BranchHill

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About BranchHill

  • Rank
    BranchHill
  • Birthday 05/29/1954

Profile Information

  • Your Drum Corps Experience
    Fan, Volunteer, Writer
  • Your Favorite Corps
    Hopefully, the next one I see
  • Gender
    Male
  • Location
    Pensacola, FL and Horton, AL
  • Interests
    Reading, writing, baking, connoisseur of the Buffalo Wing and of bourbon, public radio. DCI/DCA/BOA/WGI. War Eagle! Musical interests far-exceed the reach of drum corps, but I only have drum corps to thank for opening my ears (and eyes) to so many genres. Collect nativities from around the world; "Some Children See Him."

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  1. Thank you for the clarification. Clearly I did not fully research the program. My apologies. I read a great piece on AXIOS' website earlier today, about "giving circles." The gist is that "Philanthropy tends to center on a small number of affluent donors, but a grassroots movement known as "giving circles" — in which more modest donors pool their resources — has been gaining popularity. The big picture: Giving circles are still a drop in the philanthropic bucket, but proponents say they open the field to younger and more diverse donors — and broaden the reach of giving." Might work well in drum corps, in any non-profit pageantry organization. (I tried to include a link to the story, but three strikes -- attempts -- and I was out. Sorry.)
  2. These are all pertinent questions. Questions that, I fear, were not vetted internally before the "challenge" was issued.
  3. Let me weigh in on the $500-per-vote "challenge" from the Scouts. I was a fund-raiser for 30 of my 40-year-career; nothing good comes from this. I am not vindictive, but honestly the idea that alums pool their resources to grab board votes is not a bad one. At least, if you want to show leadership just how wrong-headed this is. Does the gift/vote have an expiration date? Does the vote include board membership, indeed every decision made? Has not anyone considered the ethical fundraising breach built into this? We are all familiar these days with "quid pro quo." Like the incident in the national news, this version of it is rife with the worst kinds of outcomes. The industry needs fundraising help; you good folks on here report regularly about the less-than-handful of organizations that are solvent. I hated reading about this "challenge," but then, I have hated most of the last several years of the beloved Madison Scouts organization. I'm old; I want to hold onto this corps mattering.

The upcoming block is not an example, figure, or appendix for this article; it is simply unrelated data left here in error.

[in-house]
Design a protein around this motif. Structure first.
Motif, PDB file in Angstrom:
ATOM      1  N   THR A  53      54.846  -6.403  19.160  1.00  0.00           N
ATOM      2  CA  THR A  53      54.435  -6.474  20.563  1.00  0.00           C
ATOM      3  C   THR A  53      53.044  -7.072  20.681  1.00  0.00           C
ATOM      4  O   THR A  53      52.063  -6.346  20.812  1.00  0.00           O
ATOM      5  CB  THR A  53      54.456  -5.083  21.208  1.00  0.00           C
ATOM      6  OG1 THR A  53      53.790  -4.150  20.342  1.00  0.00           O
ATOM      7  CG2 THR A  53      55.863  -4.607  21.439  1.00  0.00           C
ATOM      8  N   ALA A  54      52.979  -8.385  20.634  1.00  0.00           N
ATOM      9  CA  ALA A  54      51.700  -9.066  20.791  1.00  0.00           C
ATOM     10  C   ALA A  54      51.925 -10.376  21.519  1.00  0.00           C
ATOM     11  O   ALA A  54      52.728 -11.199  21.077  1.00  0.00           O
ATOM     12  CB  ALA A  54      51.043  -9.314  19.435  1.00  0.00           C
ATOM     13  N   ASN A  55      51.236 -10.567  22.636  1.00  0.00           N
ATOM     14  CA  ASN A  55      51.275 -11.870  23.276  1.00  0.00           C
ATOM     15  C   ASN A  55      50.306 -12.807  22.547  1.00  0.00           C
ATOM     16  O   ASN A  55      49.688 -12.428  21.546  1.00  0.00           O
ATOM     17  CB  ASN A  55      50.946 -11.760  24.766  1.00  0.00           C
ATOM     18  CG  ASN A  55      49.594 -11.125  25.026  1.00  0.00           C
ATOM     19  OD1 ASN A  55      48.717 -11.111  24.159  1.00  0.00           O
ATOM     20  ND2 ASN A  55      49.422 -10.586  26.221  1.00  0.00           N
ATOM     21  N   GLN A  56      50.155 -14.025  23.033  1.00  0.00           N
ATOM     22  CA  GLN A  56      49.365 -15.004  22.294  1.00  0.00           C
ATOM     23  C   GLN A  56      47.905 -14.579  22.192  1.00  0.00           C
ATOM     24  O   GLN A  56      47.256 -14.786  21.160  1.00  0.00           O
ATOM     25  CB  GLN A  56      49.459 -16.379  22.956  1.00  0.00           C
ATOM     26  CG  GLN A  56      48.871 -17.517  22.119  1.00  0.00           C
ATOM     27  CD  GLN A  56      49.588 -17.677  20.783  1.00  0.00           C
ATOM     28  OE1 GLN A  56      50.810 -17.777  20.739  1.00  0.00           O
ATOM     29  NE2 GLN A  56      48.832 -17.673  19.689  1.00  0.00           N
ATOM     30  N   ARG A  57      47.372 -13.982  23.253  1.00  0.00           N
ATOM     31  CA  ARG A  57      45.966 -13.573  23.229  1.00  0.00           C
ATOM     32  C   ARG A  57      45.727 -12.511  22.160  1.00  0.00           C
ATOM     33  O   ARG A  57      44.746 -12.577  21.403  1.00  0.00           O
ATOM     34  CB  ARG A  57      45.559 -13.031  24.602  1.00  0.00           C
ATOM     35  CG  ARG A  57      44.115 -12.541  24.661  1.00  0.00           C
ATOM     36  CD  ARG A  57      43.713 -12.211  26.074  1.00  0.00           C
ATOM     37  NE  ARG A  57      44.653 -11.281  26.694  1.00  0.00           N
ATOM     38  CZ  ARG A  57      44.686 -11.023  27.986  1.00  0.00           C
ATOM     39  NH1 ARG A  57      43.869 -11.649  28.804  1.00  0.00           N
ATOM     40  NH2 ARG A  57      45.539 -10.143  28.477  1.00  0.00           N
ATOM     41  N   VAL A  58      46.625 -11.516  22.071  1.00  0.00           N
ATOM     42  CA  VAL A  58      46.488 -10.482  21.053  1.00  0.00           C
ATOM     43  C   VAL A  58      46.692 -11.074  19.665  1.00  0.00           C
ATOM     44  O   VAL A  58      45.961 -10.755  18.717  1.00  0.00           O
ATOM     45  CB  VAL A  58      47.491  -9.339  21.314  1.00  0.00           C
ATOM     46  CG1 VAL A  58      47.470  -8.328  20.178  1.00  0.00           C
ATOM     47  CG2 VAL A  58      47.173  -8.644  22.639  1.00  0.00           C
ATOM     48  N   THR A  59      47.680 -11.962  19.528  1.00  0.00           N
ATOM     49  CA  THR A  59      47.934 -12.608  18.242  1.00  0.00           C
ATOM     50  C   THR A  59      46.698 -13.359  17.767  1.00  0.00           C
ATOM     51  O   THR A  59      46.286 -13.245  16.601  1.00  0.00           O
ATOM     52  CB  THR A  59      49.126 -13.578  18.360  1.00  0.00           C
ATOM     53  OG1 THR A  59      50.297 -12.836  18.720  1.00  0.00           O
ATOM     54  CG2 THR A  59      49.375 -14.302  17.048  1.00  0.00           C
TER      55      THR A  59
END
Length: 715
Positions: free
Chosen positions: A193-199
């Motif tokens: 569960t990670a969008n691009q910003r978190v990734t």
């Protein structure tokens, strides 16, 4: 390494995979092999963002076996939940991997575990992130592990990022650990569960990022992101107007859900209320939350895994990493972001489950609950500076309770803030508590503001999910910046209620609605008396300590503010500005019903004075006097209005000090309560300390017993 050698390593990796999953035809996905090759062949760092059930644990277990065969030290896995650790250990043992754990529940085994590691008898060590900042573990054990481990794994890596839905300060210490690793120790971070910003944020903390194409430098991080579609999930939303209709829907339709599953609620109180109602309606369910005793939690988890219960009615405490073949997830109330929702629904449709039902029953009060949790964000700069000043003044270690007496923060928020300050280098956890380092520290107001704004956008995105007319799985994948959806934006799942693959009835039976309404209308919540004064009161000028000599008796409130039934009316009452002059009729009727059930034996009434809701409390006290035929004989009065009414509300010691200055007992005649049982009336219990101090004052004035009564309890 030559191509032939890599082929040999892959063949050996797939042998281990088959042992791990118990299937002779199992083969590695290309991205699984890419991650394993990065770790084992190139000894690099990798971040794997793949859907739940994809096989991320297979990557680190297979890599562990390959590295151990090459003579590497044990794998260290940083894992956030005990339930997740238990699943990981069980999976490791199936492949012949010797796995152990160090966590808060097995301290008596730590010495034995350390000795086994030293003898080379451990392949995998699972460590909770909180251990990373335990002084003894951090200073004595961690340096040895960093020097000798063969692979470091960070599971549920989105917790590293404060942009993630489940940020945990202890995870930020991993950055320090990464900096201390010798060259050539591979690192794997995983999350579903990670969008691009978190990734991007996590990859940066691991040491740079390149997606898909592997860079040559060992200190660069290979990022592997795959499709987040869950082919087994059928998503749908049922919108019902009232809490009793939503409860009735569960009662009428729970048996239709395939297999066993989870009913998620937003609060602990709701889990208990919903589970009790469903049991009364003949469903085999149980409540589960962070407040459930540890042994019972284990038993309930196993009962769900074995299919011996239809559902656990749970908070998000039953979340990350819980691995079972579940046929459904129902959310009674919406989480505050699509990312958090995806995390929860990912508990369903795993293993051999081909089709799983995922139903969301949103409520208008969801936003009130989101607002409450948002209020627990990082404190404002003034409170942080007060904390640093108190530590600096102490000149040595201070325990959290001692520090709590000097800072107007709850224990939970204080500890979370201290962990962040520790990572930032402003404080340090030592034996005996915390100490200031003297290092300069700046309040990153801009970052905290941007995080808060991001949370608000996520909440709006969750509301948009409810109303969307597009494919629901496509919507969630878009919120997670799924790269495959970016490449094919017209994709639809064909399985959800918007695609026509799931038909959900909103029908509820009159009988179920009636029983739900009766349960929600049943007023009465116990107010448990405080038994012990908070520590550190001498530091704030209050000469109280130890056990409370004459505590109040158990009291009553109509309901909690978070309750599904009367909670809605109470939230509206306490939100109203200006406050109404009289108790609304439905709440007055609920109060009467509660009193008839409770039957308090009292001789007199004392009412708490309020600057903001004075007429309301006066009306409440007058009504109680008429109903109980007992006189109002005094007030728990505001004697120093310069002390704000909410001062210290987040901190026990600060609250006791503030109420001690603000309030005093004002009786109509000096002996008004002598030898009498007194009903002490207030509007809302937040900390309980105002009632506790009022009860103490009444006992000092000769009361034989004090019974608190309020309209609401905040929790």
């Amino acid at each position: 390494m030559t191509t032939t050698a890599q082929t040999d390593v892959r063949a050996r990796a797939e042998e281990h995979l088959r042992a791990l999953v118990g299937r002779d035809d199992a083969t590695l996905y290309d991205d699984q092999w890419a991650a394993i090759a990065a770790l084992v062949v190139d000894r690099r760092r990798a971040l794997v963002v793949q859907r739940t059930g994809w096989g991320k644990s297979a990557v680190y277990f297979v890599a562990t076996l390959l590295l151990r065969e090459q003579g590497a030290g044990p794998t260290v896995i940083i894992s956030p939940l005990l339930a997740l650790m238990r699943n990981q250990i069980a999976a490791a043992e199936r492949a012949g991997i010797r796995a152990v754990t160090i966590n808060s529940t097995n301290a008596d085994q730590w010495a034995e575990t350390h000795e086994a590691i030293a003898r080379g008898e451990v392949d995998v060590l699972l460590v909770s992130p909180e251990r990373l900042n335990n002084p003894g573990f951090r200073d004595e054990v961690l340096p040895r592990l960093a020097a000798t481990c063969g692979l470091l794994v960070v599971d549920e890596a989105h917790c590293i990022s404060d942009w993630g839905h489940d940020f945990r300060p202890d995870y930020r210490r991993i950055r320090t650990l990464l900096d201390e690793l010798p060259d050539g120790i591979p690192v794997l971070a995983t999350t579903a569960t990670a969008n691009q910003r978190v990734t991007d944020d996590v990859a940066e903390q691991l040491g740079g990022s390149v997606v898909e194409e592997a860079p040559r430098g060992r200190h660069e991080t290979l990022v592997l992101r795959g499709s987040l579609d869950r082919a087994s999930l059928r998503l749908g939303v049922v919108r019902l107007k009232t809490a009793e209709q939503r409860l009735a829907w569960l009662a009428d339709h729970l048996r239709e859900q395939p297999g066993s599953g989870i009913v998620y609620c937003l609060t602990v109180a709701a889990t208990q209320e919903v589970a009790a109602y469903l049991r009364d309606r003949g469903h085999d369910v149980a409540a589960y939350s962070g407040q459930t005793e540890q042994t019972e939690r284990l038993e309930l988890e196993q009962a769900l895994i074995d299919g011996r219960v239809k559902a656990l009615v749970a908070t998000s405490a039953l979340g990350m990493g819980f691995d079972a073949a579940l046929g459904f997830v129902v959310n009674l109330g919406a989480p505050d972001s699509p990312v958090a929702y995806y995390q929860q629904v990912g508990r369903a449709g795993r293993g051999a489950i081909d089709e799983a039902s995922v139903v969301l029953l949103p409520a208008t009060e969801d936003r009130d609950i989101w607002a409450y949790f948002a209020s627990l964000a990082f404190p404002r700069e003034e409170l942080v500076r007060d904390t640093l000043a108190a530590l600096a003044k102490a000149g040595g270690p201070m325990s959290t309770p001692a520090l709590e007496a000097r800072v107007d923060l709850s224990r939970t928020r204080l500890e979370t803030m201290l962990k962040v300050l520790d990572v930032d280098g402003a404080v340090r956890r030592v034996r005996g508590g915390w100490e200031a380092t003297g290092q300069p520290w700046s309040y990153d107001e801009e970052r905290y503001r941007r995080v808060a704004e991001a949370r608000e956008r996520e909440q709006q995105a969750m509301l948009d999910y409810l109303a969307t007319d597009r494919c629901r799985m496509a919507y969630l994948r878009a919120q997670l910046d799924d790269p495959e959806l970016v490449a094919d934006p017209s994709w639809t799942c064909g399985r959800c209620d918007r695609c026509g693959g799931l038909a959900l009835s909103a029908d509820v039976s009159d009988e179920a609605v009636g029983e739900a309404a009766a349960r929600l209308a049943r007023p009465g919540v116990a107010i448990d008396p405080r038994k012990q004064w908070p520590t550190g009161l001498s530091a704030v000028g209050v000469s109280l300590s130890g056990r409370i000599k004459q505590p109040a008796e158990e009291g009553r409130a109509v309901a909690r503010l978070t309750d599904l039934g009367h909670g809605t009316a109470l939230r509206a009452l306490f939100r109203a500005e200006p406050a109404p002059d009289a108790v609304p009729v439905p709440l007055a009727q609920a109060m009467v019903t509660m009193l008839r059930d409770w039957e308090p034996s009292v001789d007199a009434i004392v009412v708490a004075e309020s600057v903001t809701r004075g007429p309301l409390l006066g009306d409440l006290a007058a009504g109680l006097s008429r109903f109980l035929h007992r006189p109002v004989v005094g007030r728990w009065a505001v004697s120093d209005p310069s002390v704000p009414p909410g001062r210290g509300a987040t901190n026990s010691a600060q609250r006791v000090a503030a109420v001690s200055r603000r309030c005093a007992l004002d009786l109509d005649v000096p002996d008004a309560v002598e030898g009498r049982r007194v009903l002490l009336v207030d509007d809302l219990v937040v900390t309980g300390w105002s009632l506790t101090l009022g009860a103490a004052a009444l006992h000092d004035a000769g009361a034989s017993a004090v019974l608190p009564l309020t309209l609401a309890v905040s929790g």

4. Reagan, and Blue Springs, another likely BOA finalist, are in Macy’s parade next week.
  5. Over-produced? You betcha; often. And those programs do not compete as well. Focused intent competes. Always has. As to this weekend's BOA Championships: there are 91 entries. Some will not be competitive at all. I remain fascinated by trends. New ones often show up on summer fields. Love to know the source material. One man's observations.
  6. I was just about ready to give up on this topic thread (thanks MINT for the comprehensive staff change list in another thread), when I read this story in The New Yorker on fans, and their potential for impact on the mediums they follow. Made me wonder about all of the folks here, come together, for a united cause. I read logical explanations of business models, of inclusion, of safety protocols, even some plausible, if unlikely, notions about desired music and show themes. I read that in Drum Corps International's latest post-season survey, Drum Corps Planet is mentioned as an information source. What if, I have been thinking, consensus was gained around some/any of these over-arching topics, and presented as entree to a DCI board seat? Representation. Official recognition of the minds, and efforts, expended here 365/24. To the article: “When it comes to stans (Eminem's moniker for stalker fans) and how they operate on social media, it’s crazy to witness,” .... “These people really think that they’re doing some due diligence by the (medium).” Are you? Are WE? Is our pastime, arm-chair quarterbacking, back seat driving, unsolicited advice, due diligence? Might it resonate if coalesced, and presented professionally? "Now that couch potatoes have social media, they have risen up and become active, opinionated participants. As a result, movie studios and TV showrunners have to cater to subsets of diehard devotees, who expect to have a say in how their favorite properties are handled." Us, too? More of this? Less of that? Eliminate. Add. Multiply. Can we? Could we? "Fandom ... "is born out of a mix of fascination and frustration. If you weren’t drawn to it on some level, you wouldn’t be a fan. But, if it fully satisfies you, you wouldn’t need to rewrite it, remake it, re-perform it.” That's why I'm a fan; that's why I have followed drum corps for 48 years. You, too? All of us? Together? “There’s a fine line to tread on how much you listen to fans, because fans aren’t always right, either. But there are certain things where you should listen to them, because they’re smarter than maybe the super-high-up execs are going to think.” Or ... as it played out at Comic-Con: “One of the things I think we all love about Comic-Con so much is the fact that we all accept each other,” (the speaker) said, to groans. “Think about it! We all accept each other’s fandoms. We all accept each other’s idiosyncrasies.” More groans. (Bold type is mine.) Coalesce. Emerge. Present as a unified DCP brigade? Possible? Even desired? Or ... do we just love flexing our ideas, our connections, our "knowledge base" to each other? I have been wondering about these things a lot of late. I'd love to see the "pros" here become our collective mouthpieces to the organizations that matter most.